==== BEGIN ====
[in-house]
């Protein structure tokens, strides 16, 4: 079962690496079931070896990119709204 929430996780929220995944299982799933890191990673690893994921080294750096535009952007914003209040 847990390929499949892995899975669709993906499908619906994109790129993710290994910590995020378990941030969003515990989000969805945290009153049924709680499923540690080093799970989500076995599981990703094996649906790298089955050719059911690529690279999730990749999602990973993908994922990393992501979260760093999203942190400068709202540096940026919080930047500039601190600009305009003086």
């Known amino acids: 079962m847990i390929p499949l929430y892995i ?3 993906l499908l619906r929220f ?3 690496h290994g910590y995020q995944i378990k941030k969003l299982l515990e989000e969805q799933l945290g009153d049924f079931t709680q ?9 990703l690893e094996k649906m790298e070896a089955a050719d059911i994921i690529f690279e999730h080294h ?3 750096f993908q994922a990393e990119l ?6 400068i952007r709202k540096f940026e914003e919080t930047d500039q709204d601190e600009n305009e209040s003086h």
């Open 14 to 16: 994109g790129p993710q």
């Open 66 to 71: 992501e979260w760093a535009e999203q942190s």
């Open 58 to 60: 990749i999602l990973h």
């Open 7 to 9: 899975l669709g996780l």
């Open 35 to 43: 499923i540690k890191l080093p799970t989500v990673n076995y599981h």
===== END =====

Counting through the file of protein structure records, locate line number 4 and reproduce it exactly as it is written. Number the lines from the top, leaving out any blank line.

């Open 14 to 16: 994109g790129p993710q």